The Army’s Precision Strike Missile (PrSM) is breaking new ground in several areas as it continues testing. The PrSM recently traveled more than four hundred kilometers in a key test. Now the Army is pursuing a host of new technological enhancements to the weapon.
The Precision Strike Missile is being developed to fly unprecedented ranges for weapons of its kind and being adjusted to hit moving targets. It is also getting even more precise and reliable due to targeting upgrades now being explored by Army weapons developers. The basic premise of the weapon is to pursue a tactical strategy intended to out-range the enemy and hit previously unreachable targets at distances greater than four hundred to five hundred kilometers.
The Army is also prioritizing improvements in accuracy and target discrimination.
“Seeker integration is something we need and we are endeavoring to do as we move forward,” General Joseph Martin, Vice Chief of Staff of the Army, told an audience earlier this year while speaking at a think tank called The Foundation for the Defense of Democracies.
PrSM uses Global Positioning System (GPS) and inertial measurement unit technology, but there are also a range of innovations related to targeting accuracy, guidance, datalink communication, and “hardening.” The Army may be looking at both hardening its guidance networks and exploring targeting technologies that are harder to jam than GPS.
Martin did not elaborate on any specifics or plans related to a new seeker, yet he did talk about the fast-growing importance of the weapon. He explained how it will bring much longer range and increased precision compared with the missile it is replacing, the Army Tactical Missile System.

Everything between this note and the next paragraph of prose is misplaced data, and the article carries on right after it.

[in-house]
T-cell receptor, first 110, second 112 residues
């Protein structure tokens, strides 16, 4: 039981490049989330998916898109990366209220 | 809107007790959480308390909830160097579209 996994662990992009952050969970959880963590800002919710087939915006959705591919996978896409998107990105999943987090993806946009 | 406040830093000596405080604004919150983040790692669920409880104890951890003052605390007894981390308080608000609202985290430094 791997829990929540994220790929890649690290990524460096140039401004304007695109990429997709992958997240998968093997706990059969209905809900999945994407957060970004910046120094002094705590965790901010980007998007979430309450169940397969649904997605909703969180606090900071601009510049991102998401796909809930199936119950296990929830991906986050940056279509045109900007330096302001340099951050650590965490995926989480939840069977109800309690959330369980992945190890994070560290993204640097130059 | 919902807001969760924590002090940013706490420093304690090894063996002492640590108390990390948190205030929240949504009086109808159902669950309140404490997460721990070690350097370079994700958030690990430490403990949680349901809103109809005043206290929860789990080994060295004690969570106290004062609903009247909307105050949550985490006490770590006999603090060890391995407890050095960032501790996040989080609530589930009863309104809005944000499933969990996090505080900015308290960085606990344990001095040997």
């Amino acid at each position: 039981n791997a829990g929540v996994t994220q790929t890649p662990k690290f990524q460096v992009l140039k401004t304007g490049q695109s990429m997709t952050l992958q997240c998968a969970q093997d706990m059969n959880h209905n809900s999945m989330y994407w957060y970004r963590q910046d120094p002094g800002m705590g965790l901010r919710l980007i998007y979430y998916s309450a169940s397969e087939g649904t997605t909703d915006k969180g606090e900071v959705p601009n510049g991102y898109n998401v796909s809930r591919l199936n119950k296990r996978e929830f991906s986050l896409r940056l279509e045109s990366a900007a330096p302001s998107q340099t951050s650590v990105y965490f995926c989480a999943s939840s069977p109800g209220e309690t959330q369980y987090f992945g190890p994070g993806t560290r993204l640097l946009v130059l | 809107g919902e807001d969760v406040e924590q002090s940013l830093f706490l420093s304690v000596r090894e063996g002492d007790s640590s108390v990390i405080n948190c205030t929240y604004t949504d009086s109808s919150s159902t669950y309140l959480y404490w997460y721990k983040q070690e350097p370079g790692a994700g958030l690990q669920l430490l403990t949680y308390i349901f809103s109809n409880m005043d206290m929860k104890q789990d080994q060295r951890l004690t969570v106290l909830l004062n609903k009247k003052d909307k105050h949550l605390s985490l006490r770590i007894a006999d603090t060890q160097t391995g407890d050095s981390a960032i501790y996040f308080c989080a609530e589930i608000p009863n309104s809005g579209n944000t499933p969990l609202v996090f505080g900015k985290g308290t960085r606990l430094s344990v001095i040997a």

“The current missiles can go about 350 kilometers and this will go beyond 500 kilometers eventually. We are almost doubling the range with existing launchers so we are not having to invest in new launchers. We can now put two missiles in the launcher as opposed to what we can do now which is one,” General John Murray, Commander, Army Futures Command, told the National Interest in an interview in 2020.
Once the weapon is deployed, the Army will be positioned with a new ability to target enemy forces from improved standoff ranges. The PrSM is also expected to be able attack key targets such as air defenses, command and control infrastructure or other crucial points typically attacked from aircraft.
Kris Osborn is the defense editor for the National Interest. Osborn previously served at the Pentagon as a Highly Qualified Expert with the Office of the Assistant Secretary of the Army—Acquisition, Logistics & Technology. Osborn has also worked as an anchor and on-air military specialist at national TV networks. He has appeared as a guest military expert on Fox News, MSNBC, The Military Channel, and The History Channel. He also has a Master’s Degree in Comparative Literature from Columbia University.